A comical twist on "Little Red Riding Hood" told by Cat and Dog! Cat starts reading "Little Red Riding Hood" and explains, "It's a story about a little girl who always wears a red cape with a hood." Dog says, "COOL! I love stories about superheroes. What's her special power?" Cat says, "She doesn't have any special powers. It's not that kind of a story." And then the fun ensues! The zany, fun back-and-forth of Dog and Cat celebrates the joy of reading -- and questioning. Young children will cheer Dog's persistent questions as well as Cat's dedication to keep telling the story.
Greenfield, Eloise The Friendly Four
A native of Washington, DC, the author, who is a poet, has a perfect ear for the ups and owns of new friendships, the slow tempo of lazy summer days, and the noisy bustle and excitement of childhood play.
Hills, Tad Rocket Writes a Story
Rocket loves books and he wants to make his own, but he can't think of a story. Encouraged by the little yellow bird to look closely at the world around him for inspiration, Rocket sets out on a journey. Along the way he discovers small details that he has never noticed before, a timid baby owl who becomes his friend, and an idea for a story.
Hopkinson, Deborah Apples to Oregon
Delicious tell the amusing story of how her very determined Papa manages to move a family with eight children and a small nursery of apple, peach, pear, plum, and cherry trees from Iowa to Oregon via the Oregon Trail.
Isaacs, Anne Swamp Angel
Swamp Angel is an honest to goodness tall tale heroine to rival Paul Bunyan. She grapples with a grizzly and twirls a tornado like a lasso. The illustrations and text in this Caldecott winner portray perfectly her larger than life escapades.
Kalman, Maira Next Stop Grand Central
Step inside this delightfully frenzied glimpse of New York City's Grand Central Station where five hundred thousand people are rushing, scurrying, scrambling, dashing, sprinting, bolting, hurrying, scooting, sprinting, running, or racing about every day. Whew!
LaMarche, Jim The Raft
Nicky is off to his grandmother's house in the middle of nowhere for the summer. She doesn't even have TV. He is not at all happy until he discovers something special in the woods and it changes everything.
Laminack , Lester Saturdays and Teacakes
So begins author Lester Laminack's poetic memory of the adult who made him feel incredibly special--his grandmother. Every Saturday, the narrator, a young boy, rides his bicycle up and down country roads past farms, a grave-yard, and a filling station, until he reaches his beloved Mammaw's house. She is waiting for him. No one else, just him. While she picks tomatoes, he pushes the lawnmower through the dew-we grass. Afterwards, he always helps her make teacakes from scratch, breaking the eggs and stirring the batter. But the best part, he remembers, is eating the hot, sweet cookies fresh from the oven. Children will understand the special love between the boy and his grandmother. Set in a small own in the "Leave It to Beaver days of the mid-sixties, the story evokes a gentler and more innocent time and place. Young readers will almost hear the crunch of bicycle wheels on gravel and the "criiick-craaack-criick of a metal glider in Laminack's richly detailed prose. Award-winning illustrator Chris Soentpiet's images beautifully capture the relationship and the place, perfectly depicting the simplicity of an earlier time.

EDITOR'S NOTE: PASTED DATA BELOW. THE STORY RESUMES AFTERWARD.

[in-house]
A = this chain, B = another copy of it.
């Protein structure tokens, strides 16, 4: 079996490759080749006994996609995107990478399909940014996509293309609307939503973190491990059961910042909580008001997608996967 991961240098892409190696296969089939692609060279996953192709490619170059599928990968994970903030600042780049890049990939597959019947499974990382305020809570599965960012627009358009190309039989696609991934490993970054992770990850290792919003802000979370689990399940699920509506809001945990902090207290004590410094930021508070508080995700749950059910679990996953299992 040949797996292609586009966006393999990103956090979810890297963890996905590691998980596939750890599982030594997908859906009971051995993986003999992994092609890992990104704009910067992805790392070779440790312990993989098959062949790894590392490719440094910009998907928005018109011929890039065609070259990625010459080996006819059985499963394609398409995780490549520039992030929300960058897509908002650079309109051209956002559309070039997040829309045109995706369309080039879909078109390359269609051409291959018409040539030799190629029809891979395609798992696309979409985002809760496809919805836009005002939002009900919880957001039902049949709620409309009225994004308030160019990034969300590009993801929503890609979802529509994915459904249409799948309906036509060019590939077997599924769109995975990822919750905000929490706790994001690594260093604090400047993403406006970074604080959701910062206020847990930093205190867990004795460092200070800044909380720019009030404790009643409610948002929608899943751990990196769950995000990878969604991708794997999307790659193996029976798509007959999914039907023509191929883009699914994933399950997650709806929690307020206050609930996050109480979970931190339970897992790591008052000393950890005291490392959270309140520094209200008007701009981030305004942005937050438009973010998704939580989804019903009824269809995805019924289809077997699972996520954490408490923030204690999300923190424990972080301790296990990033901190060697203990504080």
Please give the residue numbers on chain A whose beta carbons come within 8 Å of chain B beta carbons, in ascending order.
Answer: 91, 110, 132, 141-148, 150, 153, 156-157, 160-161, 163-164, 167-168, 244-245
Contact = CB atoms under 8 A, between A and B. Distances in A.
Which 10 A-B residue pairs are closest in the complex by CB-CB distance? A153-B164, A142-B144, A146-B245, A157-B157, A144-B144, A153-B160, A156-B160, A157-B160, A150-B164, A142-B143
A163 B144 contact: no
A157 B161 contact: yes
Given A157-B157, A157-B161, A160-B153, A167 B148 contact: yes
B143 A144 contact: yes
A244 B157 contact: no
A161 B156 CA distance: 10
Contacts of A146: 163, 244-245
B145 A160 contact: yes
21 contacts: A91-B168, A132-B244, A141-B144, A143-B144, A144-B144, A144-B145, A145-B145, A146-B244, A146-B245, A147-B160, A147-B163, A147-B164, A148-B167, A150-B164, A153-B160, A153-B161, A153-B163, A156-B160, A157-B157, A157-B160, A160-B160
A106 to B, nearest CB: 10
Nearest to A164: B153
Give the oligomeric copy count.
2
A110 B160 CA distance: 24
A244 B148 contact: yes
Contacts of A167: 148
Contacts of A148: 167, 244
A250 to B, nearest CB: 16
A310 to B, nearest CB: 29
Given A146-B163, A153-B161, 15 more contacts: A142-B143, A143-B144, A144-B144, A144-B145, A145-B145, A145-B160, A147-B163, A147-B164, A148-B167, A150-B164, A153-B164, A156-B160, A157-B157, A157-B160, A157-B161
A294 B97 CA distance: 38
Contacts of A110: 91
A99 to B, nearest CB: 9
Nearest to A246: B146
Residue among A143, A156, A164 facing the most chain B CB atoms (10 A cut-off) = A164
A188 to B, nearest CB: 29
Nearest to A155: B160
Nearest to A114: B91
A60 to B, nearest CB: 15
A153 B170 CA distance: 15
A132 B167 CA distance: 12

McClintock, Barbara Adele and Simon in America
In this sequel to Adele and Simon, a sister and brother travel from Paris to visit their aunt in New York City before setting off with her on a whirlwind tour of the United States. Along the way, Simon leaves behind just as many personal items as he did in the earlier book when walking home from school. Here too, with a little hunting, it is possible to spy all of Simon's belongings.
Nelson, Marilyn Snook Alone
Snook Alone tells the tale of Snook, a rat terrier, and his owner a monk, Abba Jacob. Snook and Abba Jacob spend their days together until Snook is stranded on an island due to a storm. Snook patiently waits for Abba Jacob to return in this beautifully illustrated story of friendship and faith.
Nolen, Jerdine Hewitt Anderson's Big Day
Hewitt Anderson's parents are big. They are not just bigger than their normal sized child, or bigger than most parents. In true tall tale style, they are gigantic, and Hewitt must prove to them that bigger is not always better.
Phi, Bao A Different Pond
As a young boy, Bao Phi awoke early, hours before his father's long workday began, to fish on the shores of a small pond in Minneapolis. Unlike many other anglers, Bao and his father fished for food, not recreation. A successful catch meant a fed family. Between hope-filled casts, Bao's father told him about a different pond in their homeland of Vietnam.
Small, David The Huckabuck Family and How They Raised Popcorn in Nebraska and Quit and Came Back
Pony Pony Huckabuck cuts into a squash one day and finds a silver buckle that brings some outrageous bad luck to the Huckabucks. This cheerful piece of whimsical nonsense is from Carl Sandburg's Rootabaga Stories.